“Design is one.” – Lella & Massimo Vignelli
Lella and Massimo Vignelli were among the world’s most influential designers. They brought clarity and coherence to innumerable projects.
Massimo Vignelli began his training as a 16-year-old draftsman at the Architects Castiglione in Milano. There he learned Adolf Loos’ axiom that an architect should be able to design everything from the spoon to the city. Massimo said, “From that day, I wanted to design everything…and I have…no cities yet, but lots of spoons!
Lella Vignelli, was born in Udine into a family of well-known architects, had architecture in her blood, and when she met Massimo they discovered a shared vision of design which guided all of their work. In their 2004 book Design is One, they wrote: “The basic concept is that the discipline of design is one, and if you can design one thing you can design everything. The methodology is the same no matter what the subject.” According to the Vignellis, design should be “semantically correct, syntactically consistent, pragmatically understandable, visually powerful, Intellectually elegant, and timeless”.
Throughout their long and productive career, the Vignellis put these principles into practice. From 1957 – 1960, after training as architects in Italy, the couple went to the US on fellowships. Here it became clear that their mission was “Better design for a better world.” In products from the Saratoga furniture (Poltranova, 1964) to the Compasso d’Oro-winning melamine stacking dinnerware manufactured for years by Heller, they developed a rigorous, primary, objective design language. The Vignellis settled permanently in the US and in 1965 co-founded the American branch of Unimark International. This design consultancy created distinctive corporate identities for companies such as American Airlines, Ford, Knoll International, the Transit Authorities of New York City and Washington, DC – and for Heller.
In 1971, the Vignellis founded their own New York office, Vignelli Associates, through which they created a range of projects astonishing for their scope and design coherence. These include graphic design programs for the United States National Park Service, Bloomingdales, Lancia, Fratelli Rossetti, The Gugggenheim, the Salone del Mobile, and Benetton; showrooms for Poltrona Frau, Steelcase, Italcenter, Hauserman, and Artemide, interiors for the Minneapolis Museum of Fine Arts, Joseph Magnin, The United States Postal Service, and Saint Peter’s Church in Manhattan; exhibits for the Louvre and BMW; furniture such as the Handkerchief chair (Knoll, 1982-1987), products for the Ciga hotels and Heller, and books for many publishers. Based on the motto, “If you can’t find it, design it,” the Vignellis also designed their own clothing line.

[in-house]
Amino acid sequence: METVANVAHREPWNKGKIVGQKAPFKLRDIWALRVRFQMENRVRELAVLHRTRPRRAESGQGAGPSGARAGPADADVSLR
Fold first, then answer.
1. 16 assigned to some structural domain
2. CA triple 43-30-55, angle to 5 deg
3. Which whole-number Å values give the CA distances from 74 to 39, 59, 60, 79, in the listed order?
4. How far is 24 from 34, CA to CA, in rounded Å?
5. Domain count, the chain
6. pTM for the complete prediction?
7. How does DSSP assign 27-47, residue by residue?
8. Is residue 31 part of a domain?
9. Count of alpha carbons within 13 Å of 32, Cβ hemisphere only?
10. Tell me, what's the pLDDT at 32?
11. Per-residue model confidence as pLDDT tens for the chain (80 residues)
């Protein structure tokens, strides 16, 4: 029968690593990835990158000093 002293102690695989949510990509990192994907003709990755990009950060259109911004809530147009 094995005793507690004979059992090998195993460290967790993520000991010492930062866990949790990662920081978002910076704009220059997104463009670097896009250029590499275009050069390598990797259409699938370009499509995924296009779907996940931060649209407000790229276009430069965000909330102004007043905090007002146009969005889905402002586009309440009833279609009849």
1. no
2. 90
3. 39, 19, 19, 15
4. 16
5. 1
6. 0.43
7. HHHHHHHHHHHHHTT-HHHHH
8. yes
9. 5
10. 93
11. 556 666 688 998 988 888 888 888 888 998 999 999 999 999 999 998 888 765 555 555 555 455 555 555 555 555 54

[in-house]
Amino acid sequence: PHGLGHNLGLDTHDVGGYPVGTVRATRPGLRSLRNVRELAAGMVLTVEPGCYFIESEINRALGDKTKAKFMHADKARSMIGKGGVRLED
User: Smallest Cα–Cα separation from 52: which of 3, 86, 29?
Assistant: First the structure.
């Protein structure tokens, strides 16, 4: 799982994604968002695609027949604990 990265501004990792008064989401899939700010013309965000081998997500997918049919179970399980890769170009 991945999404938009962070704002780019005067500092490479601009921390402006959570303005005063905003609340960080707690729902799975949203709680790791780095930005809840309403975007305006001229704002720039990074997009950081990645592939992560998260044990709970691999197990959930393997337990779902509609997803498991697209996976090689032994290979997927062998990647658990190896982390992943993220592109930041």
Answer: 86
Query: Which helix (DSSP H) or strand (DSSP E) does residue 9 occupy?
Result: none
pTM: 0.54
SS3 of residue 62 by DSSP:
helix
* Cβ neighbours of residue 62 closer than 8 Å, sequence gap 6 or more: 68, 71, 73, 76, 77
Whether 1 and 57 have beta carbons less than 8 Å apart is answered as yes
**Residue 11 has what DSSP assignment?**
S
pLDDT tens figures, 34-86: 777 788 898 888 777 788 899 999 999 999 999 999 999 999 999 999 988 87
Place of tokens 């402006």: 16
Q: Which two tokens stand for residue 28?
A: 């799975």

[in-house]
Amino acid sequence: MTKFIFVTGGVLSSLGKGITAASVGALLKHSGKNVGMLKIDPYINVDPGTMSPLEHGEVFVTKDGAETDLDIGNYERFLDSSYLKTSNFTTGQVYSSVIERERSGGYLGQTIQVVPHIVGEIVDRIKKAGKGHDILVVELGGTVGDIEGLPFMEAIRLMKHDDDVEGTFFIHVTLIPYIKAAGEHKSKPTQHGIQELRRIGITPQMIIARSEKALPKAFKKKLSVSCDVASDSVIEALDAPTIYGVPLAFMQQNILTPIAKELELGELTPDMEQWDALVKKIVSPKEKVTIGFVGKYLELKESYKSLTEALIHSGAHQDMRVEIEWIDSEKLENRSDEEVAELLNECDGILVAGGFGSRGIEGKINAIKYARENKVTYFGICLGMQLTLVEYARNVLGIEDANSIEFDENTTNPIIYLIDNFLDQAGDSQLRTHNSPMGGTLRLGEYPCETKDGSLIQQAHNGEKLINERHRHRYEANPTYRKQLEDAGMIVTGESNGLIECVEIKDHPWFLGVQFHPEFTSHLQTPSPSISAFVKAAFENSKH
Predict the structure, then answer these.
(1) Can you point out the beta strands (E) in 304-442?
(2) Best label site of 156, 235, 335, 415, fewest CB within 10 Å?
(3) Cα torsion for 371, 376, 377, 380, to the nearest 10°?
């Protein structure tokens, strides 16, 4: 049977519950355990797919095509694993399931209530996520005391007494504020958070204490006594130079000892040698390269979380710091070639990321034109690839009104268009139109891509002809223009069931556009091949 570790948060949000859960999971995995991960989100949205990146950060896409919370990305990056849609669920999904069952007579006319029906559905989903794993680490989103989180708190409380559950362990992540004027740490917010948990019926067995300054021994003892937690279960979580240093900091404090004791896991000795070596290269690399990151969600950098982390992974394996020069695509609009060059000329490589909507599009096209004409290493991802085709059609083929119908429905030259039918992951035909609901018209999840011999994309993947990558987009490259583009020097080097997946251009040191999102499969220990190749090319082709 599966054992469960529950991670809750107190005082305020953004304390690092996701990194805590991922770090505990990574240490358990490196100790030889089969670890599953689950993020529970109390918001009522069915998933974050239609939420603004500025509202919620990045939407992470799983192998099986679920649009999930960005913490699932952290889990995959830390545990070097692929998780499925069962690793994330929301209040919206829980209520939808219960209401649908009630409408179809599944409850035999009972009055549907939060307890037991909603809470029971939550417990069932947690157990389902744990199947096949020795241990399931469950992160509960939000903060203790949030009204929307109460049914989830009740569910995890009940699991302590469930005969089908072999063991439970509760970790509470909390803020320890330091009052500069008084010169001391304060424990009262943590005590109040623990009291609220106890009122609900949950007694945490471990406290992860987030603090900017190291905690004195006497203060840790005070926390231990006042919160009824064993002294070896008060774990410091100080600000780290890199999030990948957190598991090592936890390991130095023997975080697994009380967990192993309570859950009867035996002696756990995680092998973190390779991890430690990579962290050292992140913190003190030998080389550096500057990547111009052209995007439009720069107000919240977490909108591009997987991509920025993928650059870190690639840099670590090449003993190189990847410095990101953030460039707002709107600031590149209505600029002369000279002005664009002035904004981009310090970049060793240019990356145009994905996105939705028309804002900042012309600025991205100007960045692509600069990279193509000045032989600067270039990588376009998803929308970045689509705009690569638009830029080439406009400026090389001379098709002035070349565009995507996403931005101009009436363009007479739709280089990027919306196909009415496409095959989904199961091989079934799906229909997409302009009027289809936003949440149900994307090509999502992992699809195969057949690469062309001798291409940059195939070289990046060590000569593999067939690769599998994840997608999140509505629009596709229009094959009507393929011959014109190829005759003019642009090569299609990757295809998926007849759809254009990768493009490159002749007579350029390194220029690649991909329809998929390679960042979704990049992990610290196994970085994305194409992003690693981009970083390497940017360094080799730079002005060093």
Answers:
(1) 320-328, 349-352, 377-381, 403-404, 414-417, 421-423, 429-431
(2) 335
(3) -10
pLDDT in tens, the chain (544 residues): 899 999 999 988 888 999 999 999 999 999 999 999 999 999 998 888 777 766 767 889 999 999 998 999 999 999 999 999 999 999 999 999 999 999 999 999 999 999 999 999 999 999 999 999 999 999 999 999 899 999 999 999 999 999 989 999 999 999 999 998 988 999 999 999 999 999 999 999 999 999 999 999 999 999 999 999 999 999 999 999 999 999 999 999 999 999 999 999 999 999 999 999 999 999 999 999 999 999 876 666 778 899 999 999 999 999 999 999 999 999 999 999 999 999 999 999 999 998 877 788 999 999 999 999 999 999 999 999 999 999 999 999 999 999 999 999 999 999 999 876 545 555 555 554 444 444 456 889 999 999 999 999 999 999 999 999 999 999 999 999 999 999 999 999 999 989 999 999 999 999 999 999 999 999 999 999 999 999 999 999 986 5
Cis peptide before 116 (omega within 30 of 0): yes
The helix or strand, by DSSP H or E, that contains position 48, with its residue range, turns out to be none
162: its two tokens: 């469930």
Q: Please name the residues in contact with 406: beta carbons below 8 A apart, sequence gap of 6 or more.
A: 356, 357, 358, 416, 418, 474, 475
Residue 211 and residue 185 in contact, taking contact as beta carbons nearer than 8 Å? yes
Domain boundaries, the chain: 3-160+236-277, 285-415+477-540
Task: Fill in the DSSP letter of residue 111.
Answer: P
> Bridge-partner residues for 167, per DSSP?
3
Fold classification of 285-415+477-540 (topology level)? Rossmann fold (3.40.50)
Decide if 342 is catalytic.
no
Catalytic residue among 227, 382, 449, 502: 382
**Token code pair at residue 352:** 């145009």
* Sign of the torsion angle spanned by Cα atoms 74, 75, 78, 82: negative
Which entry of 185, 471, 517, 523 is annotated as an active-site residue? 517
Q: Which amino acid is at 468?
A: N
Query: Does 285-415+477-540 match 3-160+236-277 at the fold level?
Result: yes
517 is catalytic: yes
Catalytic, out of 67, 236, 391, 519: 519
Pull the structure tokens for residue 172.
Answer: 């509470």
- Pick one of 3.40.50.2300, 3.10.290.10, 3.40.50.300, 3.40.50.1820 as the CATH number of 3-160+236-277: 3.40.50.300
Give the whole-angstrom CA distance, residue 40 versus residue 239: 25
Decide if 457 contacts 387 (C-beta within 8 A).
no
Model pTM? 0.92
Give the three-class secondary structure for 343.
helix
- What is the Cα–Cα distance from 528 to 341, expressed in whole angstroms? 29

Through their long career, Lella and Massimo Vignelli took advantage of their various strengths, working together and separately. It is said that Massimo perceived what could be done, Lella what can be done. Their work is in the permanent collections of museums worldwide, including MoMA, the Metropolitan Museum of Art, and the Cooper-Hewitt Museum. The Vignellis received rewards too numerous to list: Massimo had won virtually every graphic design award in the world and Lella had won major awards for interiors. In 2003 they received the National Design Lifetime Achievement award.